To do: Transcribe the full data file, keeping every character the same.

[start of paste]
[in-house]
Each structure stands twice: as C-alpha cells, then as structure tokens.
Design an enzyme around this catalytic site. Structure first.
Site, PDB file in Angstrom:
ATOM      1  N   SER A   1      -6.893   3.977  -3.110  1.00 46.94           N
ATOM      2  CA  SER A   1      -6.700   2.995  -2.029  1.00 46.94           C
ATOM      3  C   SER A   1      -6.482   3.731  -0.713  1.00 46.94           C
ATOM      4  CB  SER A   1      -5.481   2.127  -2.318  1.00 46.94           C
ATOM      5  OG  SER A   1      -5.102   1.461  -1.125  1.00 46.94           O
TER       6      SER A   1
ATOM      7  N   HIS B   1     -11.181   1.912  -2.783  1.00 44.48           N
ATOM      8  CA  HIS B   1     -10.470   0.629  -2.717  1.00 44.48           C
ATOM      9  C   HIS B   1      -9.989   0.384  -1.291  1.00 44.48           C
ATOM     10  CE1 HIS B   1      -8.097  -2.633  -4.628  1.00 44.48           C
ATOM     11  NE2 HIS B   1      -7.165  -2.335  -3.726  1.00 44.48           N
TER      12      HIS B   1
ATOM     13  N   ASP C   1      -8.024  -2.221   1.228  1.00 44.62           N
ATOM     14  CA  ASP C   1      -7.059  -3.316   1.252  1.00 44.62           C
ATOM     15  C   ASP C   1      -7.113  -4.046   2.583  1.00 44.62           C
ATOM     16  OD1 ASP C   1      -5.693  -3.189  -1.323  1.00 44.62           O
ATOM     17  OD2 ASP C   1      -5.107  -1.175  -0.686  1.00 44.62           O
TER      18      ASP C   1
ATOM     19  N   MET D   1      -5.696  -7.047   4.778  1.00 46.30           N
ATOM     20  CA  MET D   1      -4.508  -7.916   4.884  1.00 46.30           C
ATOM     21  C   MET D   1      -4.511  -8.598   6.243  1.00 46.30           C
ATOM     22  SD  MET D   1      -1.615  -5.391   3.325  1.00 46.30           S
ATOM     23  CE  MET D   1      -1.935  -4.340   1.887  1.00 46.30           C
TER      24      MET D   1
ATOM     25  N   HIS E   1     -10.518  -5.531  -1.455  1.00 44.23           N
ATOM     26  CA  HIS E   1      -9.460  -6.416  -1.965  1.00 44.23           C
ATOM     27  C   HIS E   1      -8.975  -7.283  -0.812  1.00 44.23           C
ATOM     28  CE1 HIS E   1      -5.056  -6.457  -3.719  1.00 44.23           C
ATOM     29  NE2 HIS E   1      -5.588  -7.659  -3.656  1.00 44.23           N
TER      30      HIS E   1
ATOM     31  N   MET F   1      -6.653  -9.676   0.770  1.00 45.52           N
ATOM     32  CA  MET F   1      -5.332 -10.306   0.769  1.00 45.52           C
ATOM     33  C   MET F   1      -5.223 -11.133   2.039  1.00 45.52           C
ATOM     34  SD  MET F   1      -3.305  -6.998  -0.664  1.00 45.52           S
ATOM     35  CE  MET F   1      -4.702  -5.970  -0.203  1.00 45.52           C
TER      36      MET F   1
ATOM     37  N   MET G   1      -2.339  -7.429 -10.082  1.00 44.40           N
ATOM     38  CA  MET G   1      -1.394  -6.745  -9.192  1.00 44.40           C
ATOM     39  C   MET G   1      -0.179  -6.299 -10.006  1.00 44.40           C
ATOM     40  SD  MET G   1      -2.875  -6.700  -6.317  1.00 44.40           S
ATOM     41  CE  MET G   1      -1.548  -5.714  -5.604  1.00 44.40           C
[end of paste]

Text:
[in-house]
Each structure stands twice: as C-alpha cells, then as structure tokens.
Design an enzyme around this catalytic site. Structure first.
Site, PDB file in Angstrom:
ATOM      1  N   SER A   1      -6.893   3.977  -3.110  1.00 46.94           N
ATOM      2  CA  SER A   1      -6.700   2.995  -2.029  1.00 46.94           C
ATOM      3  C   SER A   1      -6.482   3.731  -0.713  1.00 46.94           C
ATOM      4  CB  SER A   1      -5.481   2.127  -2.318  1.00 46.94           C
ATOM      5  OG  SER A   1      -5.102   1.461  -1.125  1.00 46.94           O
TER       6      SER A   1
ATOM      7  N   HIS B   1     -11.181   1.912  -2.783  1.00 44.48           N
ATOM      8  CA  HIS B   1     -10.470   0.629  -2.717  1.00 44.48           C
ATOM      9  C   HIS B   1      -9.989   0.384  -1.291  1.00 44.48           C
ATOM     10  CE1 HIS B   1      -8.097  -2.633  -4.628  1.00 44.48           C
ATOM     11  NE2 HIS B   1      -7.165  -2.335  -3.726  1.00 44.48           N
TER      12      HIS B   1
ATOM     13  N   ASP C   1      -8.024  -2.221   1.228  1.00 44.62           N
ATOM     14  CA  ASP C   1      -7.059  -3.316   1.252  1.00 44.62           C
ATOM     15  C   ASP C   1      -7.113  -4.046   2.583  1.00 44.62           C
ATOM     16  OD1 ASP C   1      -5.693  -3.189  -1.323  1.00 44.62           O
ATOM     17  OD2 ASP C   1      -5.107  -1.175  -0.686  1.00 44.62           O
TER      18      ASP C   1
ATOM     19  N   MET D   1      -5.696  -7.047   4.778  1.00 46.30           N
ATOM     20  CA  MET D   1      -4.508  -7.916   4.884  1.00 46.30           C
ATOM     21  C   MET D   1      -4.511  -8.598   6.243  1.00 46.30           C
ATOM     22  SD  MET D   1      -1.615  -5.391   3.325  1.00 46.30           S
ATOM     23  CE  MET D   1      -1.935  -4.340   1.887  1.00 46.30           C
TER      24      MET D   1
ATOM     25  N   HIS E   1     -10.518  -5.531  -1.455  1.00 44.23           N
ATOM     26  CA  HIS E   1      -9.460  -6.416  -1.965  1.00 44.23           C
ATOM     27  C   HIS E   1      -8.975  -7.283  -0.812  1.00 44.23           C
ATOM     28  CE1 HIS E   1      -5.056  -6.457  -3.719  1.00 44.23           C
ATOM     29  NE2 HIS E   1      -5.588  -7.659  -3.656  1.00 44.23           N
TER      30      HIS E   1
ATOM     31  N   MET F   1      -6.653  -9.676   0.770  1.00 45.52           N
ATOM     32  CA  MET F   1      -5.332 -10.306   0.769  1.00 45.52           C
ATOM     33  C   MET F   1      -5.223 -11.133   2.039  1.00 45.52           C
ATOM     34  SD  MET F   1      -3.305  -6.998  -0.664  1.00 45.52           S
ATOM     35  CE  MET F   1      -4.702  -5.970  -0.203  1.00 45.52           C
TER      36      MET F   1
ATOM     37  N   MET G   1      -2.339  -7.429 -10.082  1.00 44.40           N
ATOM     38  CA  MET G   1      -1.394  -6.745  -9.192  1.00 44.40           C
ATOM     39  C   MET G   1      -0.179  -6.299 -10.006  1.00 44.40           C
ATOM     40  SD  MET G   1      -2.875  -6.700  -6.317  1.00 44.40           S
ATOM     41  CE  MET G   1      -1.548  -5.714  -5.604  1.00 44.40           C